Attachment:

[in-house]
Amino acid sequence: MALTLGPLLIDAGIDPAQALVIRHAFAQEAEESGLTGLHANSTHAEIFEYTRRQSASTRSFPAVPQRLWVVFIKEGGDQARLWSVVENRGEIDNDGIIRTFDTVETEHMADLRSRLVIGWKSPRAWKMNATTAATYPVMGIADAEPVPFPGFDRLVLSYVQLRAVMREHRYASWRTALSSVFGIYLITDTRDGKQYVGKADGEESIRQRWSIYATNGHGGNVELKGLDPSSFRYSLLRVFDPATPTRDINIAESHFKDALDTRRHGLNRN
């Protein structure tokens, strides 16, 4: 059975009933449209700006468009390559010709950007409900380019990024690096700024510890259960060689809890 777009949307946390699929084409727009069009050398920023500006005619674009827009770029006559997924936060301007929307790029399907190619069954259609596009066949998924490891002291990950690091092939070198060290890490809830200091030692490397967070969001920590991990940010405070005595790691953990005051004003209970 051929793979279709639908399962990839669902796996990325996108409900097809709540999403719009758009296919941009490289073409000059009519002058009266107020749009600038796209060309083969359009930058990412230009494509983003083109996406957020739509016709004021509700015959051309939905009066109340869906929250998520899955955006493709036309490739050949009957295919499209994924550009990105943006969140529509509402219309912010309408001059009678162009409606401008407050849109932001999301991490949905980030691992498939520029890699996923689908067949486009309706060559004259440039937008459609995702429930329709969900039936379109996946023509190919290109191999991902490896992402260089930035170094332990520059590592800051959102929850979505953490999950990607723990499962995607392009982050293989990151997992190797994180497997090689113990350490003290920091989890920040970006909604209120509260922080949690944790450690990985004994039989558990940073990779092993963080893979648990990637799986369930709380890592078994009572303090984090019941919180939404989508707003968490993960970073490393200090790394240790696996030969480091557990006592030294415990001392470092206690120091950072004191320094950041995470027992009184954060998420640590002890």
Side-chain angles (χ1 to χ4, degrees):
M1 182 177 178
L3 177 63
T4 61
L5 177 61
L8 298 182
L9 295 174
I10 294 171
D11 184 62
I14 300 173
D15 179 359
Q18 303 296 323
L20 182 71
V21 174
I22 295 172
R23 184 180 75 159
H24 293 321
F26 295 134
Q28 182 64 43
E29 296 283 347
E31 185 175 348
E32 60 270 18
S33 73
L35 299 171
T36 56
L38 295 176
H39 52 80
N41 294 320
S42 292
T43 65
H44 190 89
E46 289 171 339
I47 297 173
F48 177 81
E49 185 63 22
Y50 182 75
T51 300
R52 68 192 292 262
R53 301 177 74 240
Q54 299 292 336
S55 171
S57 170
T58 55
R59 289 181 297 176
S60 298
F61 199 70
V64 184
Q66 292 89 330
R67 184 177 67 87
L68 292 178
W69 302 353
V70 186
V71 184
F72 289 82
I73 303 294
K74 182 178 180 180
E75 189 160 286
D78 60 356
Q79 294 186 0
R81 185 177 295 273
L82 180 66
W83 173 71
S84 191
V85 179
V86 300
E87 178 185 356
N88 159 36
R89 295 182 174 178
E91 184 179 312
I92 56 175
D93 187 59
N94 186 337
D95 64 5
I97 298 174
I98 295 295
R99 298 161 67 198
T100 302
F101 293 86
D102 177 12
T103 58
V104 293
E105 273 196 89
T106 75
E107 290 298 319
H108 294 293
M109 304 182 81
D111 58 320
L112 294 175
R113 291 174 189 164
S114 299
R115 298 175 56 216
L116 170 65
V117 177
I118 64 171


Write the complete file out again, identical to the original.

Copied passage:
[in-house]
Amino acid sequence: MALTLGPLLIDAGIDPAQALVIRHAFAQEAEESGLTGLHANSTHAEIFEYTRRQSASTRSFPAVPQRLWVVFIKEGGDQARLWSVVENRGEIDNDGIIRTFDTVETEHMADLRSRLVIGWKSPRAWKMNATTAATYPVMGIADAEPVPFPGFDRLVLSYVQLRAVMREHRYASWRTALSSVFGIYLITDTRDGKQYVGKADGEESIRQRWSIYATNGHGGNVELKGLDPSSFRYSLLRVFDPATPTRDINIAESHFKDALDTRRHGLNRN
């Protein structure tokens, strides 16, 4: 059975009933449209700006468009390559010709950007409900380019990024690096700024510890259960060689809890 777009949307946390699929084409727009069009050398920023500006005619674009827009770029006559997924936060301007929307790029399907190619069954259609596009066949998924490891002291990950690091092939070198060290890490809830200091030692490397967070969001920590991990940010405070005595790691953990005051004003209970 051929793979279709639908399962990839669902796996990325996108409900097809709540999403719009758009296919941009490289073409000059009519002058009266107020749009600038796209060309083969359009930058990412230009494509983003083109996406957020739509016709004021509700015959051309939905009066109340869906929250998520899955955006493709036309490739050949009957295919499209994924550009990105943006969140529509509402219309912010309408001059009678162009409606401008407050849109932001999301991490949905980030691992498939520029890699996923689908067949486009309706060559004259440039937008459609995702429930329709969900039936379109996946023509190919290109191999991902490896992402260089930035170094332990520059590592800051959102929850979505953490999950990607723990499962995607392009982050293989990151997992190797994180497997090689113990350490003290920091989890920040970006909604209120509260922080949690944790450690990985004994039989558990940073990779092993963080893979648990990637799986369930709380890592078994009572303090984090019941919180939404989508707003968490993960970073490393200090790394240790696996030969480091557990006592030294415990001392470092206690120091950072004191320094950041995470027992009184954060998420640590002890």
Side-chain angles (χ1 to χ4, degrees):
M1 182 177 178
L3 177 63
T4 61
L5 177 61
L8 298 182
L9 295 174
I10 294 171
D11 184 62
I14 300 173
D15 179 359
Q18 303 296 323
L20 182 71
V21 174
I22 295 172
R23 184 180 75 159
H24 293 321
F26 295 134
Q28 182 64 43
E29 296 283 347
E31 185 175 348
E32 60 270 18
S33 73
L35 299 171
T36 56
L38 295 176
H39 52 80
N41 294 320
S42 292
T43 65
H44 190 89
E46 289 171 339
I47 297 173
F48 177 81
E49 185 63 22
Y50 182 75
T51 300
R52 68 192 292 262
R53 301 177 74 240
Q54 299 292 336
S55 171
S57 170
T58 55
R59 289 181 297 176
S60 298
F61 199 70
V64 184
Q66 292 89 330
R67 184 177 67 87
L68 292 178
W69 302 353
V70 186
V71 184
F72 289 82
I73 303 294
K74 182 178 180 180
E75 189 160 286
D78 60 356
Q79 294 186 0
R81 185 177 295 273
L82 180 66
W83 173 71
S84 191
V85 179
V86 300
E87 178 185 356
N88 159 36
R89 295 182 174 178
E91 184 179 312
I92 56 175
D93 187 59
N94 186 337
D95 64 5
I97 298 174
I98 295 295
R99 298 161 67 198
T100 302
F101 293 86
D102 177 12
T103 58
V104 293
E105 273 196 89
T106 75
E107 290 298 319
H108 294 293
M109 304 182 81
D111 58 320
L112 294 175
R113 291 174 189 164
S114 299
R115 298 175 56 216
L116 170 65
V117 177
I118 64 171